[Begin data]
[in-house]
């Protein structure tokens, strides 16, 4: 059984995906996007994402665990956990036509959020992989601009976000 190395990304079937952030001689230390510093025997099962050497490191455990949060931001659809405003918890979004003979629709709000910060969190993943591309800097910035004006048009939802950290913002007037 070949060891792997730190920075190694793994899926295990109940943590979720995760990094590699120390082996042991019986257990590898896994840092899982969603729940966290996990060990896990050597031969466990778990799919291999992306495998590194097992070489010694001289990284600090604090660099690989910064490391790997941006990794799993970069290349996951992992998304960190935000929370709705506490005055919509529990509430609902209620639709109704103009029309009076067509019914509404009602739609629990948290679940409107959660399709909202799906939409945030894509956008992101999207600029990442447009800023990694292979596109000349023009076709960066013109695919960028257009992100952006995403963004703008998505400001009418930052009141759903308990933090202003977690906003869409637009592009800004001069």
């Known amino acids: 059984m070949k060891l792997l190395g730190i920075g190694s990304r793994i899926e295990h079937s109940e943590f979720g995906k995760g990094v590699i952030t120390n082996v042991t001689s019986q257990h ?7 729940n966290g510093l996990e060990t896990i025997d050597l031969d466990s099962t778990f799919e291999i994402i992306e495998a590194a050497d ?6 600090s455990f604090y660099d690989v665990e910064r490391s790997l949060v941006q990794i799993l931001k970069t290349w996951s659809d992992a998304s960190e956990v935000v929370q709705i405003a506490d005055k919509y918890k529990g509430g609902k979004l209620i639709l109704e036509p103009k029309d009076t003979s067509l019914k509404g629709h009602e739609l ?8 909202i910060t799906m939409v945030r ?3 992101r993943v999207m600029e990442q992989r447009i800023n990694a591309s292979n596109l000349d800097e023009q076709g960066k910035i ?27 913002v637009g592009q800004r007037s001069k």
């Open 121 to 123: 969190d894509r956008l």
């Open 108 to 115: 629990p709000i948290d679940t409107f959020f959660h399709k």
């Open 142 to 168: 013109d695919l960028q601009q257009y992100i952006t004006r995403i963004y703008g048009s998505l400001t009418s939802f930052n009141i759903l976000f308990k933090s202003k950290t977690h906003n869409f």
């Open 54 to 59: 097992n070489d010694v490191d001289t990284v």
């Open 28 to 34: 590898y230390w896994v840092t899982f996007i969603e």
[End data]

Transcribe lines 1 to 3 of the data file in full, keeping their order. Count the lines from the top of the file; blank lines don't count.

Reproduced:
[in-house]
């Protein structure tokens, strides 16, 4: 059984995906996007994402665990956990036509959020992989601009976000 190395990304079937952030001689230390510093025997099962050497490191455990949060931001659809405003918890979004003979629709709000910060969190993943591309800097910035004006048009939802950290913002007037 070949060891792997730190920075190694793994899926295990109940943590979720995760990094590699120390082996042991019986257990590898896994840092899982969603729940966290996990060990896990050597031969466990778990799919291999992306495998590194097992070489010694001289990284600090604090660099690989910064490391790997941006990794799993970069290349996951992992998304960190935000929370709705506490005055919509529990509430609902209620639709109704103009029309009076067509019914509404009602739609629990948290679940409107959660399709909202799906939409945030894509956008992101999207600029990442447009800023990694292979596109000349023009076709960066013109695919960028257009992100952006995403963004703008998505400001009418930052009141759903308990933090202003977690906003869409637009592009800004001069």
């Known amino acids: 059984m070949k060891l792997l190395g730190i920075g190694s990304r793994i899926e295990h079937s109940e943590f979720g995906k995760g990094v590699i952030t120390n082996v042991t001689s019986q257990h ?7 729940n966290g510093l996990e060990t896990i025997d050597l031969d466990s099962t778990f799919e291999i994402i992306e495998a590194a050497d ?6 600090s455990f604090y660099d690989v665990e910064r490391s790997l949060v941006q990794i799993l931001k970069t290349w996951s659809d992992a998304s960190e956990v935000v929370q709705i405003a506490d005055k919509y918890k529990g509430g609902k979004l209620i639709l109704e036509p103009k029309d009076t003979s067509l019914k509404g629709h009602e739609l ?8 909202i910060t799906m939409v945030r ?3 992101r993943v999207m600029e990442q992989r447009i800023n990694a591309s292979n596109l000349d800097e023009q076709g960066k910035i ?27 913002v637009g592009q800004r007037s001069k």